The World Bank on Thursday forecast a slight dip in the country’s economic growth rate by 2019 amid declining foreign investment, rising inflation and a slowdown in the expansion of garments manufacturing, and advised improvements to infrastructure and training to keep the economy on its current strong course.
The country’s GDP growth rate is projected to remain steady at 6.9 percent this year and next, but drop slightly to 6.7 percent by 2019, according to the bank’s report on East Asian and Pacific economies, released on Thursday.
Foreign direct investment (FDI) as a percentage of GDP is expected to decline over the next two years, from 9.4 percent to 6.5 percent, according to the six-monthly regional update, the first from the World Bank to offer economic forecasts through 2019.
For now, foreign direct investment in Cambodia—$1.7 billion in net inflows in 2015—remains “very large,” said Miguel Eduardo Sanchez Martin, a senior economist at the World Bank.
“Very few economies have an FDI of 9 or 10 percent of GDP,” Mr. Sanchez Martin said.
“Cambodia is relatively better positioned than other countries to…keep attracting FDI because Cambodia doesn’t have the exchange rate risk, because it is a dollarized economy,” he said, adding that FDI was shifting toward the country’s construction sector.
Total fixed FDI assets in the garment sector have declined from $370 million in 2014 to $140 million last year, according to the World Bank.
And garment export growth constricted from 12.3 percent to 8.4 percent from 2015 to last year, the report says.
“Soaring labor costs, driven in part by rising cost of living, and US dollar appreciation, and competition from other regional low-wage countries, in particular [Burma], continue to exert downward pressures on garment exports,” it says.
The construction and agricultural sectors grew in the same period, while tourist arrivals have slowed in recent years.
Although Cambodia’s GDP grew faster than those of its neighbors Thailand, Vietnam and Burma last year—and is forecast to lead or match the three nations’ growth this year—by 2019, the World Bank projects that Cambodia’s growth rate will decline slightly as its three neighbors’ growth remains steady or rises.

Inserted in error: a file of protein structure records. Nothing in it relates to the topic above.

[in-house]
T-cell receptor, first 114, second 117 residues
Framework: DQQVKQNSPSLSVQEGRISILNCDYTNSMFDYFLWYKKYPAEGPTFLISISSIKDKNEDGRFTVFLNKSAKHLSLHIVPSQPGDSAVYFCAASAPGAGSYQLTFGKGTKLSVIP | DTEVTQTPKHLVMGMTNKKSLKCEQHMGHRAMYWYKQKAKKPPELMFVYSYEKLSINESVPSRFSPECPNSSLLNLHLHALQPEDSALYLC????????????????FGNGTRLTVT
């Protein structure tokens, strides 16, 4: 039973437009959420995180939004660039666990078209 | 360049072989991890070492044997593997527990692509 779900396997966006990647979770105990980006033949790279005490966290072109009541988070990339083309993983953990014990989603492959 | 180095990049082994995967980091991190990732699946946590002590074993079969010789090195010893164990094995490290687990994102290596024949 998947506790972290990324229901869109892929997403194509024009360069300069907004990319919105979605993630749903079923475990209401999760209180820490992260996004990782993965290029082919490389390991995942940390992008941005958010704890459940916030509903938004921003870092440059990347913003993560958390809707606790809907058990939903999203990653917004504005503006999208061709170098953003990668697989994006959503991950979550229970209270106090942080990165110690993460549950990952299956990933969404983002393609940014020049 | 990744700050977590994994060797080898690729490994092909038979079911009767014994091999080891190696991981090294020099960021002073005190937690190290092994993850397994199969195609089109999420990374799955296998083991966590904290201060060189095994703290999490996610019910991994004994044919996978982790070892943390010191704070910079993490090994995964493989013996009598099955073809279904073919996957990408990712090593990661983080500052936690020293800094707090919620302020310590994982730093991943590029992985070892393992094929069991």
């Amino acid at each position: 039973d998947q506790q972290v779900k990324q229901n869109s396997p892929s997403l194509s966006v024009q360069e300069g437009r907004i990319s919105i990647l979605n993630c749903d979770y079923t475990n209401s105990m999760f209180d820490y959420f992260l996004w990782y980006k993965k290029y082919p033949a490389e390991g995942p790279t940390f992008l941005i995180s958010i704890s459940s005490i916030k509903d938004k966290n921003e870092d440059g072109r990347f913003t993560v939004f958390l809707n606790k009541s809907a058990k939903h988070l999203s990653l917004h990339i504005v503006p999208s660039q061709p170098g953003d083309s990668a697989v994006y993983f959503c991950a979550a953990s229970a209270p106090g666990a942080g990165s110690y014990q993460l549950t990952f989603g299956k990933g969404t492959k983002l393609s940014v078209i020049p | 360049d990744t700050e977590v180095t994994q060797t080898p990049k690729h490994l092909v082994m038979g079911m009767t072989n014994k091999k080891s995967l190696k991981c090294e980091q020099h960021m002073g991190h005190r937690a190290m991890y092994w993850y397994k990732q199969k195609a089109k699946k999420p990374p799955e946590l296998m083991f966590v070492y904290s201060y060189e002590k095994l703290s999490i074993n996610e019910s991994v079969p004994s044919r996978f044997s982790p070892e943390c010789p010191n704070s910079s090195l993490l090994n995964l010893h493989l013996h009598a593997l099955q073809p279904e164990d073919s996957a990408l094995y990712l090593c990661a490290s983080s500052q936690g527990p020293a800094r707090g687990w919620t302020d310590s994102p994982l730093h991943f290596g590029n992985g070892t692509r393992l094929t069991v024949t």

“There are some economies in the region…in which you see growth going up, but this is also because they were having sluggish growth in the past,” Mr. Sanchez Martin said.
“Growth always depends on your previous pace,” he added. “At some point, all the economies will end up slowing down, but Cambodia is still one of the best performers.”
Cambodia’s GDP growth is projected to top Vietnam and Thailand’s in 2019, but is forecast to take a backseat to Burma and Laos, which are expected to achieve growth rates above Cambodia’s coveted 7 percent that year, according to the World Bank.
Inflation is projected to rise to 3.7 percent this year and 4.2 percent next year, from 1.3 percent in 2015, the report says.
Food prices continue to drive inflation, according to Sodeth Ly, another senior economist at the World Bank.
As Cambodian incomes increase, foods demands are diversified from rice to other foodstuffs, like meat, fruits and vegetables, he said, which pushes up prices.
“Cambodia has among the highest inflation rates” in the region, Mr. Ly said.
In a report released last week, in contrast to the World Bank’s assessment, the Asian Development Bank said GDP growth is projected to increase slightly to 7.1 percent this year and next, up from an estimated 7 percent last year.
To improve prospects for economic growth, the World Bank recommends increasing investments in physical infrastructure and education, improving labor productivity to match rising private sector wages, and promoting vocational and technical skills, the report says.
“This, and effectively managing high vulnerability to shocks, is also key for promoting social economic mobility in Cambodia,” it says.
Accommodating the labor shift from the agriculture sector to manufacturing and services will remain a challenge to sustaining long-term growth, said Miguel Chanco, lead Southeast Asia analyst for the Economist Intelligence Unit, in an email.
“Policymakers need to ensure that these people have the right skills for a 21st century economy, wherein labor intensive industries are becoming a thing of the past,” he said.
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